It has to be said that most horror movies or TV shows today usually go for shock value, gore, and cheap jump scares above great storytelling. What makes Mike Flanagan’s (Oculus, Hush) The Haunting of Hill House (based on the 1959 novel by Shirley Jackson) so unique is that while it has horror elements and thrills and chills aplenty (and a couple of cheap jump scares for good measure of course), at its core is an emotional roller coaster ride and an examination of one extremely disturbed family coming to terms with their past.
Season 1 consists of ten episodes and each of the episodes leading up to the finale jump back and forth between the past (Hill House) and the present. In each episode, we get tiny nuggets of information regarding Hill House and what the Crain family members, which consists of the children, Nell (Violet McGraw/Victoria Pedretti), Luke (Julian Hilliard/Oliver Jackson-Cohen), Steven (Paxton Singleton/Michael Huisman), Theo (Mckenna Grace/Kate Siegel) and Shirley (Lulu Wilson/Elizabeth Reaser) went through living at the house and what led to them fleeing with their father Hugh (Henry Thomas/Timothy Hutton) and leaving their mother/wife Olivia (Carla Gugino) behind to die. It’s through these flashbacks to the past and back to the present that we come to understand the characters motivations and what ultimately led to that fateful night.
One of the children, Luke, an adorable little boy with glasses, is haunted by a floating man in a top hat while living at the house. As an adult, Luke is now a heroin addict and is suffering in rehab because of what he went through (I’d probably shoot heroin too if I saw the things he saw). It’s not just Luke though. Each of the kids goes through something traumatic at the house that shapes and affects their adult lives. Piecing the puzzles together is fun but what makes The Haunting of Hill House scary and engrossing isn’t just the ghosts that go bump in the night, it’s the emotional toll the house takes on everyone. Living in Hill House seriously messed the entire family up and it’s something they just can’t seem to recover from. The show can get extremely emotional at times (you might even cry) which surprised me. This is a refreshing change from the usual show or movie where terrible things happen to the characters but they get out and live happily ever after. Even after the family left Hill House, they never really “left” it.
Each episode is handled well and at least for the first five, they each deal with an individual child. Episode 5 – “The Bent-Neck Lady” is one of the best episodes I’ve seen for any TV show and the way it sets up its twist at the end is gut-wrenching. Thinking they couldn’t top that, Episode 6 – “Two Storms” is a technical marvel. I love continuous shots in anything really (Children of Men and Netflix’s Daredevil come to mind) and here it’s done masterfully. The whole episode is pretty much two sets of continuous scenes over one hour, one after the other. It jumps from Hill House to the present without skipping a beat and I was honestly impressed with the way it played out. I’ve never seen anything quite like it. The time it must have taken to set everything up from the lighting to the actor’s and their perfect execution for each shot in this episode would have been exhausting. If you want to see what went into making it you can check out the video below. Also, speaking of acting, everyone is fantastic throughout the series. Even the children are perfect. I’m expecting some nominations come award season for everyone involved with this show.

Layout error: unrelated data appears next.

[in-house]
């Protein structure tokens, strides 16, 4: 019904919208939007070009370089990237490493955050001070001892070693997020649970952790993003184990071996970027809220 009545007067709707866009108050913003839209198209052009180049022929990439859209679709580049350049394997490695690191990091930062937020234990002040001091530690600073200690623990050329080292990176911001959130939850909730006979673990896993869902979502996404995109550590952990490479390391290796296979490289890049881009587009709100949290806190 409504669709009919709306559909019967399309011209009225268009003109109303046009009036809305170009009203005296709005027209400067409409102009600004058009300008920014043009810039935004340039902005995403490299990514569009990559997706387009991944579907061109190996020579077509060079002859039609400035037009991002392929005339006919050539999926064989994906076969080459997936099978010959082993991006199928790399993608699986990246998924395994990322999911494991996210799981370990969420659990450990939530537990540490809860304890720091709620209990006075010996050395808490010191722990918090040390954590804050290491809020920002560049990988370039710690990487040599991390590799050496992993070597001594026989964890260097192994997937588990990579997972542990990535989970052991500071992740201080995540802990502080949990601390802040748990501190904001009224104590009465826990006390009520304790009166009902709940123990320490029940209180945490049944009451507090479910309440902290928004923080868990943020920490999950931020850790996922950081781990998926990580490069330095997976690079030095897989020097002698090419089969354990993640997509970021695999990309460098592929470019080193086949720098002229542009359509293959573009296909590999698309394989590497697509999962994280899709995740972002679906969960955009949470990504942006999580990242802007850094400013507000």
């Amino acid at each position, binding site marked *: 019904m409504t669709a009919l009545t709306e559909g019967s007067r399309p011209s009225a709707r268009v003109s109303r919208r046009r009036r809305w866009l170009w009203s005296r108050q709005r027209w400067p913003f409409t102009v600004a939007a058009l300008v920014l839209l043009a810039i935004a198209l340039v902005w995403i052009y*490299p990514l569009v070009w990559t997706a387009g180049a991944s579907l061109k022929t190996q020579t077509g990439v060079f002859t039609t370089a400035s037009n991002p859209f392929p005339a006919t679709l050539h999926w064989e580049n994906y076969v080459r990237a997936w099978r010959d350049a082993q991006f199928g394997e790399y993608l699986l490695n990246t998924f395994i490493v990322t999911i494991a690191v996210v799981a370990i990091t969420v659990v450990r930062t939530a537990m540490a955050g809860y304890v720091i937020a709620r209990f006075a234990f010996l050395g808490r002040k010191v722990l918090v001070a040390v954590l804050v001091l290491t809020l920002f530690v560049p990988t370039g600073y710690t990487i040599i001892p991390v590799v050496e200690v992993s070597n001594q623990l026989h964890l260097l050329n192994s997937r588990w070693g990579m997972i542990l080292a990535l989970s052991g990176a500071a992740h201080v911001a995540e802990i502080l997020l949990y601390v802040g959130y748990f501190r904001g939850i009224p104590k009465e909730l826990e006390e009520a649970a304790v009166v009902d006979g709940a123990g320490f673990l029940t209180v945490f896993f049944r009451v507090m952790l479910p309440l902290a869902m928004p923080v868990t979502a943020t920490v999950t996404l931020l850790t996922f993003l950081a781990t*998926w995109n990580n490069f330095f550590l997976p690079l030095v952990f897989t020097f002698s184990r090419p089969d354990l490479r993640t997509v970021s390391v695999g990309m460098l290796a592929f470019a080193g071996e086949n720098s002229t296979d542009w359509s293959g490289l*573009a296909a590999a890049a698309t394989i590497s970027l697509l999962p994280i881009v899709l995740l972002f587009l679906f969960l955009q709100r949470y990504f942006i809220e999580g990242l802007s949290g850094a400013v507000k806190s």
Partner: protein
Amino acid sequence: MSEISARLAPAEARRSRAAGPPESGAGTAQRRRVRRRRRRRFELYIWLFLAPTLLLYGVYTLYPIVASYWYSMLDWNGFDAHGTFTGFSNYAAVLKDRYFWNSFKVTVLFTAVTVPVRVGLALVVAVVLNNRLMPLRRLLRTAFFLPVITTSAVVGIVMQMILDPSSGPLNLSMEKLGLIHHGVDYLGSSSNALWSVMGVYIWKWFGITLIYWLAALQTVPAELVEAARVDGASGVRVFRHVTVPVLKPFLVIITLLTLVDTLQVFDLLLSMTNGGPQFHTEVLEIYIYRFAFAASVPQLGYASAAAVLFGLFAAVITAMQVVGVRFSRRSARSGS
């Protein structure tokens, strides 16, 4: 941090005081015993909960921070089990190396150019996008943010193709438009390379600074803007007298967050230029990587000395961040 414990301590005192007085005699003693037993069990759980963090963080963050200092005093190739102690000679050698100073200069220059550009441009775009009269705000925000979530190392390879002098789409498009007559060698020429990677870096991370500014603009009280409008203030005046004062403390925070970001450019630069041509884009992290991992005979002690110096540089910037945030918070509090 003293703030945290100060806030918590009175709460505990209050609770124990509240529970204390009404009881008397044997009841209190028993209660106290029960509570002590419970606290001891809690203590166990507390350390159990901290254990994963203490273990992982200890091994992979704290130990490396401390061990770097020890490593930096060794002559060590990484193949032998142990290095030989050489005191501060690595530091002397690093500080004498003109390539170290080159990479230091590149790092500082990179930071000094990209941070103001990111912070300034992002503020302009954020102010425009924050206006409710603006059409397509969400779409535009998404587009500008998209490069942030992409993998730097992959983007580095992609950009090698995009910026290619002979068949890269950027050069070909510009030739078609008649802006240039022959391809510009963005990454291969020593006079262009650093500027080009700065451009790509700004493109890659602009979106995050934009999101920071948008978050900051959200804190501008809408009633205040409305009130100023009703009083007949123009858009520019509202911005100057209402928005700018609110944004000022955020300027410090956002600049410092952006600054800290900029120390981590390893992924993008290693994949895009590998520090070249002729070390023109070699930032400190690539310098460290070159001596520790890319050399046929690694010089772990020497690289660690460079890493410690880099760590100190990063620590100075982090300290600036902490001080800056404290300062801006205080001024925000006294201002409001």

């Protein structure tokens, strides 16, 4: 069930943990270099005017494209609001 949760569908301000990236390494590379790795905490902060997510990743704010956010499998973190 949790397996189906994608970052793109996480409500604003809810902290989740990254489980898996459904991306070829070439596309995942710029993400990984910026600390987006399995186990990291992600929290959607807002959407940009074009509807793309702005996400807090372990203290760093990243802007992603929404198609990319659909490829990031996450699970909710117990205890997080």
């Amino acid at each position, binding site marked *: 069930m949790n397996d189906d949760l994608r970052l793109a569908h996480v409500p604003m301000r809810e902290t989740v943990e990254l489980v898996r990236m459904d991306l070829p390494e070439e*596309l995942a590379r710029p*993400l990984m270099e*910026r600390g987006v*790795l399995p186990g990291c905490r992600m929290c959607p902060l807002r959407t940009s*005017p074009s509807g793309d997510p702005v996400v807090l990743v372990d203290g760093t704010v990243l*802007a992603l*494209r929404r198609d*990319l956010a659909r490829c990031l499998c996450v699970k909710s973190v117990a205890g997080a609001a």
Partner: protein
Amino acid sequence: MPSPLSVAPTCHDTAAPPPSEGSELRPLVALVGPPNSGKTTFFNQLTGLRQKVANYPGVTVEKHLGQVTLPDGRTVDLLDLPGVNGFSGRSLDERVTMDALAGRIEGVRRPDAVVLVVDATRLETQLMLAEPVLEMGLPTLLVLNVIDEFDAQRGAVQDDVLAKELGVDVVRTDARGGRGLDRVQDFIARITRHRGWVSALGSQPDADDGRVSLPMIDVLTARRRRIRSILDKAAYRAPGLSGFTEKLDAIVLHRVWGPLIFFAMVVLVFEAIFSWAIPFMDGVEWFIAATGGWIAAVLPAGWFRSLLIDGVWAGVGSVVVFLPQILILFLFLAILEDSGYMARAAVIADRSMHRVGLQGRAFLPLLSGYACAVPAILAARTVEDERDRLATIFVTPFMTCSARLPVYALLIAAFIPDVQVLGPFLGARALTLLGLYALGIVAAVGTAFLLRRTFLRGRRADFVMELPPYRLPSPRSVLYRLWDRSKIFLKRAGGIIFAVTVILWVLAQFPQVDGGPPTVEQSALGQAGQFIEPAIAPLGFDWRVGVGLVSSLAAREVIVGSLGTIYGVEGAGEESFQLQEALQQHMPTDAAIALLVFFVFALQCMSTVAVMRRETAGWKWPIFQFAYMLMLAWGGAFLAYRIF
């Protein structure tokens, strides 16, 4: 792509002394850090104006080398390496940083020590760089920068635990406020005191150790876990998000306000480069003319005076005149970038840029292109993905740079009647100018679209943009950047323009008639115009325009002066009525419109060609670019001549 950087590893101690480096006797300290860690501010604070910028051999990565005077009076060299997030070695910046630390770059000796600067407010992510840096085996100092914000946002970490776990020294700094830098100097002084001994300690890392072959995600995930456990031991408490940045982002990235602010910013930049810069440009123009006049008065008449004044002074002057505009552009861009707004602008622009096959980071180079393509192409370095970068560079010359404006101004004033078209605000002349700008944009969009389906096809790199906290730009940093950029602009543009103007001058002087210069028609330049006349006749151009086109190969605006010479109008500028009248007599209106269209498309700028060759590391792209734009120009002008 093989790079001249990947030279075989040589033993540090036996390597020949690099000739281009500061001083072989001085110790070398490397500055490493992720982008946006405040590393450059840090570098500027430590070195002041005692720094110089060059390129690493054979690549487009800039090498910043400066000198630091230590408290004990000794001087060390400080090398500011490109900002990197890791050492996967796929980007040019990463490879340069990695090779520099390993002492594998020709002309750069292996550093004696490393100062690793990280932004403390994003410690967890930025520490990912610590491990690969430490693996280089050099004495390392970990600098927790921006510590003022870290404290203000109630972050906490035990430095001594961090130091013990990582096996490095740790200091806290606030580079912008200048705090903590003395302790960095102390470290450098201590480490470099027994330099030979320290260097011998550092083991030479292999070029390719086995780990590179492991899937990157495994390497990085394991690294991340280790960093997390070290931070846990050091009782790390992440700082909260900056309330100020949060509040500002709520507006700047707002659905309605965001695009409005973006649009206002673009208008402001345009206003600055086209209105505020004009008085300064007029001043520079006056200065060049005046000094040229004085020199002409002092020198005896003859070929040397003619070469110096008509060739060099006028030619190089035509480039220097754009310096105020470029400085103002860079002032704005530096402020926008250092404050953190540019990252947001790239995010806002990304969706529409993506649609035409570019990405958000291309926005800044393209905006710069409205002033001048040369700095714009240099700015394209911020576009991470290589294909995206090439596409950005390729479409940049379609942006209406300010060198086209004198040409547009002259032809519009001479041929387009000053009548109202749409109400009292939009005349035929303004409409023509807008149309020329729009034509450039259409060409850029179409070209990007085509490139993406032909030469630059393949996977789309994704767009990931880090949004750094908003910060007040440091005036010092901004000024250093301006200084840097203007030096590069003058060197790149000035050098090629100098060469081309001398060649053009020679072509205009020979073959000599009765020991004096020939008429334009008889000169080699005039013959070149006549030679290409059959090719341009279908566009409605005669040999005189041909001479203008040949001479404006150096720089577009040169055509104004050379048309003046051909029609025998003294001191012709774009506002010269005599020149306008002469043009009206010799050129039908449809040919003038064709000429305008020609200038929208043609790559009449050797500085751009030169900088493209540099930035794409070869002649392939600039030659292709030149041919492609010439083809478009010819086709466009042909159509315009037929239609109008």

While some of the jump scares are cheap (like a fucking screaming dead woman popping her head out from the back seat between two people who are in the front seats of a car). What scared me most while watching it was when the characters would explain what they went through. The caretakers of the house Mrs. Dudley (Annabeth Gish) and Mr. Dudley (Robert Longstreet) who live on the outskirts of the Hill House property (and only work during the day, which should have been a sign to not move into the house) provide backstory and shed light on the history of the house and the people that lived there before. The stories these two tell are far more terrifying because you don’t see the stories play out in front of you, you have to play it out in your head, and that really got under my skin. Also, be on the lookout for ghosts hidden throughout the episodes. They’re hidden in plain sight and don’t do anything other than stand there as a kind of creepy Easter egg you can pick out. My wife and I found one early on and then we couldn’t stop looking for them in the background right up until the end.
Now while I loved the show, my only gripe with The Haunting of Hill House was the finale. It really went back on what my expectations of what Hill House was up until that point and in the grand scheme of things for me, it almost ruins some of the stories that happened earlier on. It undermines certain events and really didn’t have the impact I was looking for. It definitely wasn’t what I was expecting coming off of the previous terrifying nine episodes before. It almost makes it out to be a happy place? I don’t know. It’s strange to say, but I had a good nights sleep after watching the finale (which can’t be said for the other episodes. Falling asleep was hard after watching them.. like really hard).
So, with Halloween just around the corner now is as perfect a time as any to watch something really scary. While it isn’t gory or violent, The Haunting of Hill House will take a toll on your emotions and disturb you. If that isn’t a recipe for a good time I don’t know what is. – NVJ
The Haunting of Hill House is now streaming on Netflix